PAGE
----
Sausages And Bacon Linked To Bowel Cancer In New WHO Study

In 2014 more than 14,000 Australians were diagnosed with bowel cancer and around 4000 of us die from the disease each year. Today, a scientific report from the World Health Organisation's International Agency for Research on Cancer (IARC) drew definite links between processed meats and bowel cancer, with red meats also cited as a possible cause. Here's what you need to know.

Eating sausages, bacon and other processed meats causes colon cancer, and there is strong epidemiological evidence that suggests unprocessed red meats also have a cancer-causing effect. These are the startling claims made in a new IARC report that analysed 800 studies from around the world.

After sifting through decades' worth of scientific literature, an IARC working group of 22 experts from 10 countries classified the consumption of processed meat as a Group 1 carcinogen to humans. This means there is "sufficient evidence" that the consumption of processed meat causes bowel, or colorectal, cancer.

Worryingly, this is the same category of cancer-causing agents as tobacco smoke and asbestos. "Each 50-gram portion of processed meat eaten daily increases the risk of colorectal cancer by 18 per cent," the agency claimed in a statement.

Red meat, meanwhile, was categorised as a "Group 2A probable carcinogen" based on limited evidence. This basically means that a positive association has been observed as it relates to the onset of colorectal cancer in humans, but more research is needed. In addition to colorectal cancer, associations were also seen for pancreatic cancer and prostate cancer.

Based on the available evidence, the increased risk of cancer was estimated to be 17% for people who consume 100g of red meat daily.

Here's what the IARC had to say on the link between meats and cancer:

Meat consists of multiple components, such as haem iron. Meat can also contain chemicals that form during meat processing or cooking. For instance, carcinogenic chemicals that form during meat processing include N-nitroso compounds and polycyclic aromatic hydrocarbons. Cooking of red meat or processed meat also produces heterocyclic aromatic amines as well as other chemicals including polycyclic aromatic hydrocarbons, which are also found in other foods and in air pollution. Some of these chemicals are known or suspected carcinogens, but despite this knowledge it is not yet fully understood how cancer risk is increased by red meat or processed meat.

Processed meats have long been associated with an increased risk of cancer. However, the latest report is one of the most aggressive stances ever taken by a medical body.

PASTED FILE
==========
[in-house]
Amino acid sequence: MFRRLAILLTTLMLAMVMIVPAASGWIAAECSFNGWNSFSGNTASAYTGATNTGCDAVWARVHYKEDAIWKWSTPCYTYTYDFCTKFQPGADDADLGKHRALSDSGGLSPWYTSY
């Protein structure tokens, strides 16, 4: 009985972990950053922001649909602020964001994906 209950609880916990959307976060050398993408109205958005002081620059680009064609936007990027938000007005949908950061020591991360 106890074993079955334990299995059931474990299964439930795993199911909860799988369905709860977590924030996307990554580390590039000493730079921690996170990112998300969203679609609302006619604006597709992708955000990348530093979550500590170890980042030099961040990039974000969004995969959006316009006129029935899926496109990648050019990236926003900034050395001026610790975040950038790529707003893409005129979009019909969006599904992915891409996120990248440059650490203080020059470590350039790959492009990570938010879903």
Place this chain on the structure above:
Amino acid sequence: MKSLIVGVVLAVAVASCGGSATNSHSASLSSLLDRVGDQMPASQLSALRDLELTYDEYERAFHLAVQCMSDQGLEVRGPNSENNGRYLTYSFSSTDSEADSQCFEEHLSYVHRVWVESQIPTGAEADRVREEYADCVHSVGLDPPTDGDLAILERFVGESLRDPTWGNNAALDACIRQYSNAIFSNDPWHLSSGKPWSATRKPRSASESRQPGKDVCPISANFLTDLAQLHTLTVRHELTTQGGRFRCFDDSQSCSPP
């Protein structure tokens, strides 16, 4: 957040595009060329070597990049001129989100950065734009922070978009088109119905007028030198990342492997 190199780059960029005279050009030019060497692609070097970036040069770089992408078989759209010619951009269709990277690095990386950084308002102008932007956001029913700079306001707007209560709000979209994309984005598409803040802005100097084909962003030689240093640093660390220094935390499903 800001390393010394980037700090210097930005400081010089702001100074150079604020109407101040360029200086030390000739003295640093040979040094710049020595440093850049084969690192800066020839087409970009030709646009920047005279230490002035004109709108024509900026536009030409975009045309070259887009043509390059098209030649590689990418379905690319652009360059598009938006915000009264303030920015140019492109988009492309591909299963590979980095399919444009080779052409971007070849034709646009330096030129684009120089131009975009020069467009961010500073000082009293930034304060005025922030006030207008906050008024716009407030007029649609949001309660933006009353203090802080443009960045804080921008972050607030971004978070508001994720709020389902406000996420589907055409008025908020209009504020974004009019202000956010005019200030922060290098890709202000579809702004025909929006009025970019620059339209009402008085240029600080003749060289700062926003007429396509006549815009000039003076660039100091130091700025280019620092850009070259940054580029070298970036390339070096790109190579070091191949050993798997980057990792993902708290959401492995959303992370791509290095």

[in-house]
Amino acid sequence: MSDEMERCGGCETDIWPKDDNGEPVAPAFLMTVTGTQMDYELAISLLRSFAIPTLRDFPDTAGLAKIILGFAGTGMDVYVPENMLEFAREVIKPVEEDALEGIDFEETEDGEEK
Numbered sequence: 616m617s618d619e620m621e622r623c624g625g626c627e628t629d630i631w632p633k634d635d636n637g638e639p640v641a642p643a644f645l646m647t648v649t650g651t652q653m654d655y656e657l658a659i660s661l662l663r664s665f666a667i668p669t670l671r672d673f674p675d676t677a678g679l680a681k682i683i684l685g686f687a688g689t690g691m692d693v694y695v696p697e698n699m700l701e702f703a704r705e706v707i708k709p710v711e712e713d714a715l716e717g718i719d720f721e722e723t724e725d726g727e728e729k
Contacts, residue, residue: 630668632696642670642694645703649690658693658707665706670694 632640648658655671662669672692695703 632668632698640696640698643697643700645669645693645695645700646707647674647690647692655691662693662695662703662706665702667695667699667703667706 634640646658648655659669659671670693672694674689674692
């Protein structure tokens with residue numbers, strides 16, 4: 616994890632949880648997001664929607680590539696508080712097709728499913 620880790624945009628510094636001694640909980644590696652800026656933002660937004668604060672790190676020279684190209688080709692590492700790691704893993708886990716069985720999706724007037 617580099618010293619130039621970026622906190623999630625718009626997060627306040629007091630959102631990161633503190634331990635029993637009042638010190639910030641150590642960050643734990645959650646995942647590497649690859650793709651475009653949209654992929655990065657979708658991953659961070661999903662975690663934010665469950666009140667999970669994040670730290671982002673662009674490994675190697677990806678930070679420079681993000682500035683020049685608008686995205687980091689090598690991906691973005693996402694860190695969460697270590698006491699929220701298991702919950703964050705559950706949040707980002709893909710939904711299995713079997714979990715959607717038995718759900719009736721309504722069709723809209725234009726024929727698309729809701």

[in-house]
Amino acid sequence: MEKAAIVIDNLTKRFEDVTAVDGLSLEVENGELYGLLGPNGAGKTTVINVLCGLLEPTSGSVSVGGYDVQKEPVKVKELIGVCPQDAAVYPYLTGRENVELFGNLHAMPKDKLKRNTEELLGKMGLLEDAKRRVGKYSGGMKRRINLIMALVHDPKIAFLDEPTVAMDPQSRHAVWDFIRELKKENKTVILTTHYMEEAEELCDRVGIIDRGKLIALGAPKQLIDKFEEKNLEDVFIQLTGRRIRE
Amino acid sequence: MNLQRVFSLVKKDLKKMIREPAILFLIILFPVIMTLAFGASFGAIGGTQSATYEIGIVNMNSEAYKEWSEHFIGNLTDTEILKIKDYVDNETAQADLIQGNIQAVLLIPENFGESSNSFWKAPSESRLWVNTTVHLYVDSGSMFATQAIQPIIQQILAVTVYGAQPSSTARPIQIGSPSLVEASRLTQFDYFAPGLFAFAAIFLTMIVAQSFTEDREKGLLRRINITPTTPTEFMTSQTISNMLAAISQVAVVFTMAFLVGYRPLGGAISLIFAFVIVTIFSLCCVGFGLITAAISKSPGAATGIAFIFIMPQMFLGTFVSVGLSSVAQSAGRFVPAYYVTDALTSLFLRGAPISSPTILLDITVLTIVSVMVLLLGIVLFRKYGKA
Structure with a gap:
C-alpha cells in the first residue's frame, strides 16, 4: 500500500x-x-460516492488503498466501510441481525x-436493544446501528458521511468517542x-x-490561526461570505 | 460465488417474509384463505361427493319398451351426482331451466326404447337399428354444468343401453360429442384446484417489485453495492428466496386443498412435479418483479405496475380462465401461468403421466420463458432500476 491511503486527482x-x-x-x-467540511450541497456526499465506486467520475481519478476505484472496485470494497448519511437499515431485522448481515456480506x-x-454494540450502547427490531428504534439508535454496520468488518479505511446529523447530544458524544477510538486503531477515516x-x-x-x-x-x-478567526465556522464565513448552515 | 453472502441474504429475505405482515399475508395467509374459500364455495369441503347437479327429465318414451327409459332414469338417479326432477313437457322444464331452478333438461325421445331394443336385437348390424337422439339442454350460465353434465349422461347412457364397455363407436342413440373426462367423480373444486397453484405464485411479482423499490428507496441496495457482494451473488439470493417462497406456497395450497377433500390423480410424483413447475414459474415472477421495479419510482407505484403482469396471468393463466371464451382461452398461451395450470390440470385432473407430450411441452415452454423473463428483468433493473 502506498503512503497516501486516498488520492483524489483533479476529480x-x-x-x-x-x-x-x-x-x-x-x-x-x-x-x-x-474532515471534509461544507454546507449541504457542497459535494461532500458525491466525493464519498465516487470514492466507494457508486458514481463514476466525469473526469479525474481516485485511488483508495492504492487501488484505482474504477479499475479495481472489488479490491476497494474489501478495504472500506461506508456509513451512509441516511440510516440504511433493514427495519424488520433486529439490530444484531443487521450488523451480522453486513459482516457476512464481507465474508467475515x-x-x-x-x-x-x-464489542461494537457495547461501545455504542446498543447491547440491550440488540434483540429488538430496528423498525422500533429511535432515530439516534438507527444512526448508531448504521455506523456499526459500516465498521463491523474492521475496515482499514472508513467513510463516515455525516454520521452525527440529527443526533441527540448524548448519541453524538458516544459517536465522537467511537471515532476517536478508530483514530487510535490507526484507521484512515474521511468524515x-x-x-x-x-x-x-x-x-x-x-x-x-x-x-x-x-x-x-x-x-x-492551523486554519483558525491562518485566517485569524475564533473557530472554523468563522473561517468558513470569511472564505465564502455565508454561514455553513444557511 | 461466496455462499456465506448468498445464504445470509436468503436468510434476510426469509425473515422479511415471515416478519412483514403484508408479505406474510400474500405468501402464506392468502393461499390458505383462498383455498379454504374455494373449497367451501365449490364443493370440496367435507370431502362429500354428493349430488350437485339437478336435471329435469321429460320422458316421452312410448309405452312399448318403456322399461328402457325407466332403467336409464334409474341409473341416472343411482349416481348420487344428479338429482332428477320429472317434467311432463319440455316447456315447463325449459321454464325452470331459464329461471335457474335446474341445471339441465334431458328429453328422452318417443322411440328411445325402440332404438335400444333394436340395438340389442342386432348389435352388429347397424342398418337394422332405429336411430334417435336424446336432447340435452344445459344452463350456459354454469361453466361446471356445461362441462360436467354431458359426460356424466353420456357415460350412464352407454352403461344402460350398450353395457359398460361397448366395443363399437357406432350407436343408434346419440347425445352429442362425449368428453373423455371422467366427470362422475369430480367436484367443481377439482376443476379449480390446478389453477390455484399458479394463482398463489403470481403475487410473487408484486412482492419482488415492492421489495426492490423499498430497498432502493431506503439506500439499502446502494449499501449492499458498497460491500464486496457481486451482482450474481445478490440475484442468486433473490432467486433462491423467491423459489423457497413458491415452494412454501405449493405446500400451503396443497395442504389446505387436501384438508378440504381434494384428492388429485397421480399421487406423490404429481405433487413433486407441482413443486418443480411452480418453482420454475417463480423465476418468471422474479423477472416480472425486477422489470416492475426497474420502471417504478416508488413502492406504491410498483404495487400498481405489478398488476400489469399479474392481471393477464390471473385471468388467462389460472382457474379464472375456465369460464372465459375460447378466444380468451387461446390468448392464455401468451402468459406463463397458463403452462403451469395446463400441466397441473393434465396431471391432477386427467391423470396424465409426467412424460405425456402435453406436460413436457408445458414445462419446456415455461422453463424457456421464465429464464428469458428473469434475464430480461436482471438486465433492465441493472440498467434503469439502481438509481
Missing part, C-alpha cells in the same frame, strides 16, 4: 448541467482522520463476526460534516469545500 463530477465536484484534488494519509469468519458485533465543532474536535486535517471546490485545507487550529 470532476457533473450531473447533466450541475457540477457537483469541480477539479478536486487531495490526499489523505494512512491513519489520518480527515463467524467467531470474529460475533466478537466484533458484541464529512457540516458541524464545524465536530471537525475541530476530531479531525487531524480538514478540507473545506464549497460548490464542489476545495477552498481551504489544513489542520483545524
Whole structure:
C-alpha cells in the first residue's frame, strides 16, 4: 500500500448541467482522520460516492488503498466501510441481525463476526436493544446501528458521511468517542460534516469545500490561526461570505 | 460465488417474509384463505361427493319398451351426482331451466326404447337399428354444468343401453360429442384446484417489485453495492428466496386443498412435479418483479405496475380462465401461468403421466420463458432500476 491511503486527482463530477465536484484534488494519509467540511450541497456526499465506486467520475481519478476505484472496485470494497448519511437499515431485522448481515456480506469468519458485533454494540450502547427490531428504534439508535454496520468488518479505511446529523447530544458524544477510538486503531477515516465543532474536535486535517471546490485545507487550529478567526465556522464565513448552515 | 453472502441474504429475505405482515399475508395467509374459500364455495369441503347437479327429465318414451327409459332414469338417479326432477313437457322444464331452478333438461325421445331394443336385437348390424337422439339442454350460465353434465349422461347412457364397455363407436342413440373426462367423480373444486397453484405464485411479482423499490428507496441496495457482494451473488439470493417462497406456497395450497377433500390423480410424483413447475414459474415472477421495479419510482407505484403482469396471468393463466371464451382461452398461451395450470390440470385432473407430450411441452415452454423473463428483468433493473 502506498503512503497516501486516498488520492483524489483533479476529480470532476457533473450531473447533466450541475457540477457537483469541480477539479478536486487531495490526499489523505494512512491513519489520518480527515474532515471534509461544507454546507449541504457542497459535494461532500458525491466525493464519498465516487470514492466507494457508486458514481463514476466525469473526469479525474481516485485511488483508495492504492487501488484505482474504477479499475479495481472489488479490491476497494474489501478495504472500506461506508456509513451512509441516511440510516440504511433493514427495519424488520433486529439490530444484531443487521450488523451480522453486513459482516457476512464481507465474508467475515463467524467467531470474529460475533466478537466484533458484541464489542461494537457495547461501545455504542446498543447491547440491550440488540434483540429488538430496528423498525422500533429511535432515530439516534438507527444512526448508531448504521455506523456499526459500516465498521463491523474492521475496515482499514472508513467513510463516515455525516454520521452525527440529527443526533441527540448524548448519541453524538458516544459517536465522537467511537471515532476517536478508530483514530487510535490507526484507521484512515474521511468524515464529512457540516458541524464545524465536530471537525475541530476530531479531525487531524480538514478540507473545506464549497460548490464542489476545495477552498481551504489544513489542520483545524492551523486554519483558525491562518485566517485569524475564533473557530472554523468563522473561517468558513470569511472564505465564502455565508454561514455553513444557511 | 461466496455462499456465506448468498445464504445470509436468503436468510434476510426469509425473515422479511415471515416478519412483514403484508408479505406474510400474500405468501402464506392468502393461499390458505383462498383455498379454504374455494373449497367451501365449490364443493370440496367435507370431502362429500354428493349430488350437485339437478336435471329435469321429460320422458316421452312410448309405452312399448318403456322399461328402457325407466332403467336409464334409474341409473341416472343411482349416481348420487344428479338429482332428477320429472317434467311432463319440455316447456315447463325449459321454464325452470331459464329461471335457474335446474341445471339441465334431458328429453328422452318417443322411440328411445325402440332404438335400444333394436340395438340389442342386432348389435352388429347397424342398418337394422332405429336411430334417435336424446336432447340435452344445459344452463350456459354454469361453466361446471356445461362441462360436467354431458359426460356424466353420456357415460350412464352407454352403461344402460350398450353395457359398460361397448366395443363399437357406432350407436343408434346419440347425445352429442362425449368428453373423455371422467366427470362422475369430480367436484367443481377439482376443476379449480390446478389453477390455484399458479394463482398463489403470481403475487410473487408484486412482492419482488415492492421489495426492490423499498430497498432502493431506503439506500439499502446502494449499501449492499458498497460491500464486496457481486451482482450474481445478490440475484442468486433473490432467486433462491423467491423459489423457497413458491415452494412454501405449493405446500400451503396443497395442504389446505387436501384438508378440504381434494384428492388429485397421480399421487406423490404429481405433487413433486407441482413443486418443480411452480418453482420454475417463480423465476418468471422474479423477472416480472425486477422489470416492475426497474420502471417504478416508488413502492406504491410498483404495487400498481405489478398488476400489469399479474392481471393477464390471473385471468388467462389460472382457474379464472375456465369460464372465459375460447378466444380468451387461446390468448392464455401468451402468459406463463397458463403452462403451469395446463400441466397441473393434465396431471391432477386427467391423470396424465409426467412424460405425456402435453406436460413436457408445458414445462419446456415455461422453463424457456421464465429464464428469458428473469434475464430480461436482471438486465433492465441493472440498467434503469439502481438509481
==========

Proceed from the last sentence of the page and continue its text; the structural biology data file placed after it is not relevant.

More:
So what does this mean for your diet? According to Cancer Council Australia's chief scientific advisor Professor Bernard Stewart, the important thing to do is exercise moderation.

“No-one’s proposing that we ban bacon, put warnings on hot dogs or take beef off the barbie. But this WHO review provides compelling evidence that the long-term consumption of red meat and/or processed meat increases your risk of cancer," Stewart said in a statement.

"This report...is one of the most complex assessments of the medical and scientific literature ever undertaken concerning a particular cancer risk. The findings provide a new degree of certainty for health authorities who produce evidence-based dietary guidelines.”

It's worth noting that you can reduce the risk of bowel cancer by regularly eating foods that are high in dietary fibre, such as wholegrains, legumes, high-fibre cereals, vegetables and fruit. It is estimated that for every ten grams of fibre you consume per day, your risk reduces by 10%.

Naturally, you should try to be as physically active as possible. As little as 30 minutes of exercise per day can help to reduce the risk of bowel cancer. You can also check how processed meats are chemically preserved. (Hamburger patties from the butcher usually contain no additives, for example.)

In conclusion, processed meats should definitely be avoided as a daily indulgence: if you're eating 50g per day, are overweight and aren't getting much exercise, you might want to make some changes.

Red meats should be capped at no more than seven 65g serves per week. As long as you stick to those guidelines, the health benefits of red meat probably outweigh the risks.

Additional reporting by George Dvorsky


Comments

    I'll probably chance my view if I actually got cancer but at a certain point you really got to question whether it is worth a few extra years when you have to avoid all the good stuff.

      There are so many things that cause cancer that it's not really worth worrying about. As long as you aren't eating uranium and stuff you'll be fine.

    Napkin maths time!

    Let's quickly google '2014 australia population' and use the figures in the article.

    2014 there were roughly 23.9M Australians.
    Roughly 14,000 were diagnosed with bowel cancer.
    Roughly 4,000 died.
    For simplicity's sake, lets assume that everyone who got cancer was already eating red/processed meat.

    If you're currently eating cancermeat, your odds seem to be 0.06% of being diagnosed with bowel cancer (not dying from it).

    Cutting red/processed meat out of your diet would improve your odds of getting bowl cancer to be 18% less... making your odds of getting bowel cancer... 0.05%.

    Your chances of dying from it currently are 0.017%. Your chances of dying would decrease to 0.016%.